Product placement rules and rationale

Product placement (recognised by the logo PP) is when a brand works with editorial and production partners to place their product or service into the fabric of TV shows. This could be a product that is used (like a mobile phone or a cash point machine), is part of the set (like washing powder on a supermarket shelf) or appears as a poster.  

Key points

  • Product placement can help to normalise a brand as it is seen, used and understood in a natural context. 
  • It has also been proven to boost awareness and purchase consideration. 
  • TV programmes made for UK audiences can contain product placement as long as they comply with Ofcom's rules which set out the what, where and how it can be used.
  • Product placement is allowed in films (including dramas and documentaries), TV series (including soaps), entertainment shows and sports programmes.

Product placement has been on our screens for some years, appearing within acquired programming from overseas or as legitimate prop provision – a natural part of making TV programmes. The rules in the UK changed in February 2011, and since then certain programmes have also been able to contain paid for product placement as long as they comply with Ofcom’s rules. 

Advertisers have taken advantage of this opportunity to get their brands woven into the editorial of TV shows in order to get closer to their viewers and some gratifying results have been achieved.  The majority of product placement deals so far have been linked to a sponsorship or advertiser funded programme

Product placement roles rules whats cooking

Why should brands get involved?

The benefits of bringing entertainment and brands closer together appropriately are well established through our experiences with TV sponsorship and branded content. Consumers' positive feelings for entertainment content - their interest in a favourite show or character - can rub off on a product featured within this content. This in turn can build key brand metrics. Product placement works in a similar way to sponsorship and is often used to complement it to influence brand affinity incrementally. Also, like sponsorship, the brand follows the content as the programme is viewed across channels and platforms after its first run (+1 channels, VoD etc).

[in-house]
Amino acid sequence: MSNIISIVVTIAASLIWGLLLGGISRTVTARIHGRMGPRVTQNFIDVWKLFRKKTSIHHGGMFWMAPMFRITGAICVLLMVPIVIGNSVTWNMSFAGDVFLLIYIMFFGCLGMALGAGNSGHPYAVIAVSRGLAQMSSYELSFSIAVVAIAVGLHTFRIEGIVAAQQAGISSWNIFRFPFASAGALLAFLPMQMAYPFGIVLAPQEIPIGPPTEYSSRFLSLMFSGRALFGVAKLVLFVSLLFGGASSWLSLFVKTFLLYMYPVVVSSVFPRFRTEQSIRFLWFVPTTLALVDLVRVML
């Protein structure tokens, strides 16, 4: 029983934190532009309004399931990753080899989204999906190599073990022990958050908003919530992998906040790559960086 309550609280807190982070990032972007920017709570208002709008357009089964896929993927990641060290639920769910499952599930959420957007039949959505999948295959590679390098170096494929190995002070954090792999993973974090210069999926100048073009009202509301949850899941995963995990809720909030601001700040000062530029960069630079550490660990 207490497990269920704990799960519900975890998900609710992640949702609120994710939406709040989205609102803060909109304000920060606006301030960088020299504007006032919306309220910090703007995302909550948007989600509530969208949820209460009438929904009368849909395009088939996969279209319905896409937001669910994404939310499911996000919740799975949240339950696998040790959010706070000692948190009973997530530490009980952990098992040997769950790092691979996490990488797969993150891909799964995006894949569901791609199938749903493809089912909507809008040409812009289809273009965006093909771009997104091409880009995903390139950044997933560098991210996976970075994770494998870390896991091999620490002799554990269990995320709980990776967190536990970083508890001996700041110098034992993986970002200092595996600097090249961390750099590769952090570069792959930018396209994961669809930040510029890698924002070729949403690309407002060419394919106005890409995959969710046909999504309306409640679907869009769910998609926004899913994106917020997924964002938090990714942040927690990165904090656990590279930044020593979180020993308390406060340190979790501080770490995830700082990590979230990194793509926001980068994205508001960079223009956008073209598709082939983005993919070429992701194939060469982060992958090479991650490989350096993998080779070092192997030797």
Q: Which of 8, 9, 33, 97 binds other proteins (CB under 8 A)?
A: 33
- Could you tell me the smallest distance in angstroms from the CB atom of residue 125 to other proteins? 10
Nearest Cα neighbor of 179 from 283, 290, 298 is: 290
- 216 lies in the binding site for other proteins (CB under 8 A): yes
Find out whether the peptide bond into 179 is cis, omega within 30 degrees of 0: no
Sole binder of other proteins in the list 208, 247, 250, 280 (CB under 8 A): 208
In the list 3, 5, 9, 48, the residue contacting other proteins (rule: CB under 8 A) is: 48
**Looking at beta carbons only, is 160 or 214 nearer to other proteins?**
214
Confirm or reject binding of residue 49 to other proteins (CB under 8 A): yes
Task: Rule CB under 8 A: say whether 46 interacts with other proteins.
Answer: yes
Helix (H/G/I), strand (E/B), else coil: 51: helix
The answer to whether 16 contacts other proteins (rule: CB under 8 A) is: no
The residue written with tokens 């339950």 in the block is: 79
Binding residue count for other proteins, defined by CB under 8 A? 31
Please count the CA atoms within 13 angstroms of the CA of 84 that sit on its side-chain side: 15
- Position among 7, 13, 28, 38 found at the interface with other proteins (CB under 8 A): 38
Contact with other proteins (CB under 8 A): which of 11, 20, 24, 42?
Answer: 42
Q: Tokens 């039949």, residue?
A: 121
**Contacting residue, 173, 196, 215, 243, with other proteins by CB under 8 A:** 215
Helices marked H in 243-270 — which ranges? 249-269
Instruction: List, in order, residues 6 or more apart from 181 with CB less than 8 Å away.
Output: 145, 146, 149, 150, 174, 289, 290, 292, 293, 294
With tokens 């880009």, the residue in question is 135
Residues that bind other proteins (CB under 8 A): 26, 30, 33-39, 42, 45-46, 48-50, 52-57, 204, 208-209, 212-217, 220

Product placement has been proven to boost awareness and purchase consideration. It is a great way of educating viewers about your brand in a natural setting through usage and dialogue. It has the power to change perceptions, provide ideas and inspiration for viewers, or indeed, validation for purchase choices.

A key benefit of product placement is that it can help to normalise a brand and help it to be seen, used and understood in a natural context.

Product placement works best when part of an integrated solution. Nielsen found that spot ads paired with product placement generated double the recall and double the purchase intent. Liquid Thread said “We have found that product placement is at its most effective when it is supplemented by further brand integration across a programme’s supporting digital platforms. When we placed Samsung tablets and phones in The X Factor, we also created online video diaries of the contestants.” Recent research from Channel 4 also suggests that this cross-platform approach is the best approach for PP. 

Product placement roles rules spontex

What are the rules for product placement?

TV programmes made for UK audiences can contain product placement as long as they comply with Ofcom's rules which set out what type of products can be placed in programmes, where product placement is allowed, and how placed products can be featured. Here's the top line on what they say.

  • The product placement rules apply to all programmes broadcast on channels licensed by Ofcom
  • Product placement is allowed in films (including dramas and documentaries), TV series (including soaps), entertainment shows and sports programmes.
  • Products cannot be placed in news or children's programmes. They also cannot be placed in religious, current affairs and consumer advice programmes made for UK audiences
  • Cigarettes and other tobacco products, along with medicines that are available only on prescription, can't be product placed in any programmes. Alcoholic drinks, gambling products, all other types of medicines, baby milk, food and drink that is high in fat, salt, or sugar can't be product placed in UK programmes.
  • Products that can't be advertised (such as guns and other weapons) can't be product placed in UK programmes either.
  • There must be 'editorial justification' for a product to be placed in a programme. That means the product must have a natural fit with the storyline. The content of programmes shouldn't seem to be created or distorted, just to feature the placed products.
  • Programmes also can't promote placed products or give them too much prominence. So there shouldn't be any claims made about how good a placed product is, or so many references to a product that it feels like it is being promoted.
  • The Product Placement logo must be shown for 3 seconds at the beginning and end of the programme and also shown briefly in the ad break during the programme. The logo can be black on white or vice versa as shown here

Product placement roles rules pp logo

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